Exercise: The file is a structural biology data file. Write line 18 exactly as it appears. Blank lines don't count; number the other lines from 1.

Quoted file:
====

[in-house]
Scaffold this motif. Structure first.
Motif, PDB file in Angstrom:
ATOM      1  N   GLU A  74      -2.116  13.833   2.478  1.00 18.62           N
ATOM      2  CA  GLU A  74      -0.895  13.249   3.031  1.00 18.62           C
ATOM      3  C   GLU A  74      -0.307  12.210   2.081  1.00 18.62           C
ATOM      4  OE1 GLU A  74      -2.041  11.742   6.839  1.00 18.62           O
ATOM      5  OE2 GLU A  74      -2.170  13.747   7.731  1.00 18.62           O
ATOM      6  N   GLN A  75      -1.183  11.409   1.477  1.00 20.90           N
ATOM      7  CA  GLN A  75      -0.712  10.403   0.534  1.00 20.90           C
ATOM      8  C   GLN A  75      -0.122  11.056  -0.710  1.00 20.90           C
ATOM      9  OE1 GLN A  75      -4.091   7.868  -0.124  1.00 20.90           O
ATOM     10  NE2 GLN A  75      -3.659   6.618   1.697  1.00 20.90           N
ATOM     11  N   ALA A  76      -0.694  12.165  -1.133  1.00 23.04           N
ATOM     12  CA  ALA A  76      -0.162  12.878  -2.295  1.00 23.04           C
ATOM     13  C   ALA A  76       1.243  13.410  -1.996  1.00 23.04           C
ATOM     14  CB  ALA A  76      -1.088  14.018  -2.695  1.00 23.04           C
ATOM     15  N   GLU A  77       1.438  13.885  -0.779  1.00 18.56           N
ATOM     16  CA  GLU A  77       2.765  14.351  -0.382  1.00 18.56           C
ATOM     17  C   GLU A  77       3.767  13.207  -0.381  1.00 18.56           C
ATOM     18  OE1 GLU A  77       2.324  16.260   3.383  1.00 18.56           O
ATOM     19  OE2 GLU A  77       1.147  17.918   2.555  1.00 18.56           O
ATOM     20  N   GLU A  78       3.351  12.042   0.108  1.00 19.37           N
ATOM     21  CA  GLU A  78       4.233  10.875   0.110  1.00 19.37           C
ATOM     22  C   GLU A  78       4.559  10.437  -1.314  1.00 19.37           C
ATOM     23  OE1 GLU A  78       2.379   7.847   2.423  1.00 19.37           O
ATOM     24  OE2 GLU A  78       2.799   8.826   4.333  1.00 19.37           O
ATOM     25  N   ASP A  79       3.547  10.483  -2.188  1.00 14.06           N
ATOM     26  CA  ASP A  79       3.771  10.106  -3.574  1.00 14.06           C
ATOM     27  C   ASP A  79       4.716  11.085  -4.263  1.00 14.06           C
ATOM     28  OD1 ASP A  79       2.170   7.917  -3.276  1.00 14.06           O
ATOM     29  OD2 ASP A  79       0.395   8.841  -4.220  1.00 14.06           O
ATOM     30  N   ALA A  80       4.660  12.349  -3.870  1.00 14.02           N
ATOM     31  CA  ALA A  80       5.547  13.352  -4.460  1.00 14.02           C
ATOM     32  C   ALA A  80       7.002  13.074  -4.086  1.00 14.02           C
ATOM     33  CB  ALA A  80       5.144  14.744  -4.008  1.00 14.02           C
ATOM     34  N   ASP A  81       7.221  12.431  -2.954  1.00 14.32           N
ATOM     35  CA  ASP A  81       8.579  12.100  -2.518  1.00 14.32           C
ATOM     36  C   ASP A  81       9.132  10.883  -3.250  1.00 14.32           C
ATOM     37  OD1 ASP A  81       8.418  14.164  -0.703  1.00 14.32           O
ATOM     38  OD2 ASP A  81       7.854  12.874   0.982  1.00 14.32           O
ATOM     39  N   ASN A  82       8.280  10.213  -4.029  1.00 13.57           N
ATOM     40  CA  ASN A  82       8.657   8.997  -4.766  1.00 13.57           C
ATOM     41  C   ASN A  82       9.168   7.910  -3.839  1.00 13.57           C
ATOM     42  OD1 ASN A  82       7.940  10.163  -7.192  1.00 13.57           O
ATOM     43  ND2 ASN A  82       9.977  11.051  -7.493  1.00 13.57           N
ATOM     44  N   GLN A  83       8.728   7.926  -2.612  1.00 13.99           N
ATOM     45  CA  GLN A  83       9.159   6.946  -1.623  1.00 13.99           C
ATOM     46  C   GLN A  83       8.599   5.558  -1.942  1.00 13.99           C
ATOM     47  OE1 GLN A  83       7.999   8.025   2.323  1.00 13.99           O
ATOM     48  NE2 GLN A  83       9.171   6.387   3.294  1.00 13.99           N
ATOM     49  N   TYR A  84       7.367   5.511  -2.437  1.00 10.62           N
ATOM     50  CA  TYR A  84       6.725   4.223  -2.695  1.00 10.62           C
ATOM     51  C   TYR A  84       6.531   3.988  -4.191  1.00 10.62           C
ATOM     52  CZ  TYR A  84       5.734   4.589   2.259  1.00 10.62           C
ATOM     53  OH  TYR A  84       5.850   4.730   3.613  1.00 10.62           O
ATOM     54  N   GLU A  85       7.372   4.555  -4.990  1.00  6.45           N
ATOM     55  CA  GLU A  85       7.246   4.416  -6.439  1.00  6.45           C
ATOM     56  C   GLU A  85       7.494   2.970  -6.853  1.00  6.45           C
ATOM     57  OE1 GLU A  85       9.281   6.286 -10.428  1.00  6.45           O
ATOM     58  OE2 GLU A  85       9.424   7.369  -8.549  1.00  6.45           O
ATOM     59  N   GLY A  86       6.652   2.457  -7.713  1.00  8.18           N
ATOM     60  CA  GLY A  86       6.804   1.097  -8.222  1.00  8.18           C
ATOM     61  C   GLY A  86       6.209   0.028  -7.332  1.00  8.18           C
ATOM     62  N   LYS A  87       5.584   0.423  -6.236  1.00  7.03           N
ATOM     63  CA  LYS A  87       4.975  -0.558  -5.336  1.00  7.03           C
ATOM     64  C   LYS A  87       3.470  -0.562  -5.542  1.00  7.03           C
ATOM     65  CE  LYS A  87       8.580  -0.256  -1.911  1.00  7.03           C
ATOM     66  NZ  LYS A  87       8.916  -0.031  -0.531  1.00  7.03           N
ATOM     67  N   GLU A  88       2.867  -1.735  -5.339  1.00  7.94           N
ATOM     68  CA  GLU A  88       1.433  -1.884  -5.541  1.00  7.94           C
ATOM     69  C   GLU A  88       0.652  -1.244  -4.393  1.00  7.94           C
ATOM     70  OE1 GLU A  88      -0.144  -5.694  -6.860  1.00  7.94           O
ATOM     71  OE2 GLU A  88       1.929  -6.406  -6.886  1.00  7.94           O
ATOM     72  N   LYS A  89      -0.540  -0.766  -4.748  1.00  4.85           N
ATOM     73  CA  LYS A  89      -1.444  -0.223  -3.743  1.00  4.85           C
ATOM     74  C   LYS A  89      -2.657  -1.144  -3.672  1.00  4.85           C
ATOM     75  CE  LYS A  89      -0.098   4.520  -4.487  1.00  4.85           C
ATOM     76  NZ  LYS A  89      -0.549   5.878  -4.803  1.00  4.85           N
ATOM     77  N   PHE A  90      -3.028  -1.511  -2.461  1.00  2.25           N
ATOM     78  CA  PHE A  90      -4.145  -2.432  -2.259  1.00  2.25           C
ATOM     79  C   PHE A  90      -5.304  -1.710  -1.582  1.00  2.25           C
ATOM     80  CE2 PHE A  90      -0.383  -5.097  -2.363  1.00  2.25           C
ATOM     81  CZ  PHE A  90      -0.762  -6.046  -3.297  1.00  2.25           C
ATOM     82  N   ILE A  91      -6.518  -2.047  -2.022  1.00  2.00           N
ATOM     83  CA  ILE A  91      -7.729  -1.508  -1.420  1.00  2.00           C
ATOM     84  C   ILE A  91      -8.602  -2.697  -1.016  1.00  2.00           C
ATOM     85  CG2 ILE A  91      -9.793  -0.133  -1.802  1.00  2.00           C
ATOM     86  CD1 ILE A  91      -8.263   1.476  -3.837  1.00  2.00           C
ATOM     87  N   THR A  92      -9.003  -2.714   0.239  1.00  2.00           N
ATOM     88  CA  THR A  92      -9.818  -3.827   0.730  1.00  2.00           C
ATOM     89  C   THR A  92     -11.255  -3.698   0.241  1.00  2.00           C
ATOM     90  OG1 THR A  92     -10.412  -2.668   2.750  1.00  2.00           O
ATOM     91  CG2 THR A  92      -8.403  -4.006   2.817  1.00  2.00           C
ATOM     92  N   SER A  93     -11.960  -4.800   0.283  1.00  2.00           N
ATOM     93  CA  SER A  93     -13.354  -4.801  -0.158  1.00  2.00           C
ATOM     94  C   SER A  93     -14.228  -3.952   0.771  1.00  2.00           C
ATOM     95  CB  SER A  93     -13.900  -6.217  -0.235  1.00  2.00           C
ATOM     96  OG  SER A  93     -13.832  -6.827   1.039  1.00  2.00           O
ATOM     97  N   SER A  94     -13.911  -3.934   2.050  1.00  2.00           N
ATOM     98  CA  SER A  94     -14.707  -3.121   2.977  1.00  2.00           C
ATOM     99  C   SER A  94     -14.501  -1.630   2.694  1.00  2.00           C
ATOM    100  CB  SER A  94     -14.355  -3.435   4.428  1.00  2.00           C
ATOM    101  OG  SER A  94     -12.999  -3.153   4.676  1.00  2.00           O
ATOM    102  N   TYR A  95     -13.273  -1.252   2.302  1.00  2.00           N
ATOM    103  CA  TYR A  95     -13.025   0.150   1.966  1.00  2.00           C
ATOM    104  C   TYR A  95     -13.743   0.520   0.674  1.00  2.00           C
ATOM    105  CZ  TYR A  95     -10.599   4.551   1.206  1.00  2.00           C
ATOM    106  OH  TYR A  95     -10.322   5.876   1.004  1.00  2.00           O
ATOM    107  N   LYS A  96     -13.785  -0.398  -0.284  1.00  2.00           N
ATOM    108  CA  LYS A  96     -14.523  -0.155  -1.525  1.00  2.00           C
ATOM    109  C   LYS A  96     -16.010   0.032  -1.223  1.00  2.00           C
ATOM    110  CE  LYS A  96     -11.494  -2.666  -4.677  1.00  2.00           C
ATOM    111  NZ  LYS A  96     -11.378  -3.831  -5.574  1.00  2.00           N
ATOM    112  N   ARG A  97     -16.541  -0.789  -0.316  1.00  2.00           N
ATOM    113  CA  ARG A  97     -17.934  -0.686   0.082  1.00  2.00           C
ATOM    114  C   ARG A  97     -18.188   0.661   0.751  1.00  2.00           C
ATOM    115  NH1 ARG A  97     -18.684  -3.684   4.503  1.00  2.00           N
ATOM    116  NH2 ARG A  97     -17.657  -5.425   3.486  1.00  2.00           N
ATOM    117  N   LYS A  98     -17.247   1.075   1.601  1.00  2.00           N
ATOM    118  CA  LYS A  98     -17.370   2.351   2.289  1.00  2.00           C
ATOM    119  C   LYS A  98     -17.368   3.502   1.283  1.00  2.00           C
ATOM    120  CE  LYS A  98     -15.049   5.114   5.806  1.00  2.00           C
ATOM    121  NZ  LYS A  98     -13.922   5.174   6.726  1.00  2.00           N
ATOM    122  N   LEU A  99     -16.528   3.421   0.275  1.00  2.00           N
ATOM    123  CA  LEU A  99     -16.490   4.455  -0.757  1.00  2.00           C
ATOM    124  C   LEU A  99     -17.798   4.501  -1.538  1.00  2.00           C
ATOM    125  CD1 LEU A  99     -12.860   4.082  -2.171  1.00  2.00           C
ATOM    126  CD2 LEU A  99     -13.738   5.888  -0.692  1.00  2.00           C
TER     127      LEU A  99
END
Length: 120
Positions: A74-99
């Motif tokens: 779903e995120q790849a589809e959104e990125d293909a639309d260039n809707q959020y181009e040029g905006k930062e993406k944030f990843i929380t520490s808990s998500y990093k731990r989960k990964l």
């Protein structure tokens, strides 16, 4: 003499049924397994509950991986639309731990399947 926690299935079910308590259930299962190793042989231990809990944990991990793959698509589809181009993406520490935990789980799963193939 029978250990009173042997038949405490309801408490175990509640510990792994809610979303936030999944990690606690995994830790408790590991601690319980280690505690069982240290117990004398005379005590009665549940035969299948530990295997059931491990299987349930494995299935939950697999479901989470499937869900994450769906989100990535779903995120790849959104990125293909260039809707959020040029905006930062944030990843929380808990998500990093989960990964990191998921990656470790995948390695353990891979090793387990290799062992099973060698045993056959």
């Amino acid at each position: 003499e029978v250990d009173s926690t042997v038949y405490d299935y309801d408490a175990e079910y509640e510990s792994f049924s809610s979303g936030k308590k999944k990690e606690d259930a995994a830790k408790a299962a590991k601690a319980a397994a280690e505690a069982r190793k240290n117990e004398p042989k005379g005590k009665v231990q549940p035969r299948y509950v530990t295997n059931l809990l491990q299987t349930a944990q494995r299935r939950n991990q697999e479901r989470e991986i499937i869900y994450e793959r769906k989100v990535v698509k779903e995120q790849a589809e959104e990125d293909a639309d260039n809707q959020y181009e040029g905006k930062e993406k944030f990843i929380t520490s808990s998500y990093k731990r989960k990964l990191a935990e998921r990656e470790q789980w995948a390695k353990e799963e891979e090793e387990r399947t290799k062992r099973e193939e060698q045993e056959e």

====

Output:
ATOM     15  N   GLU A  77       1.438  13.885  -0.779  1.00 18.56           N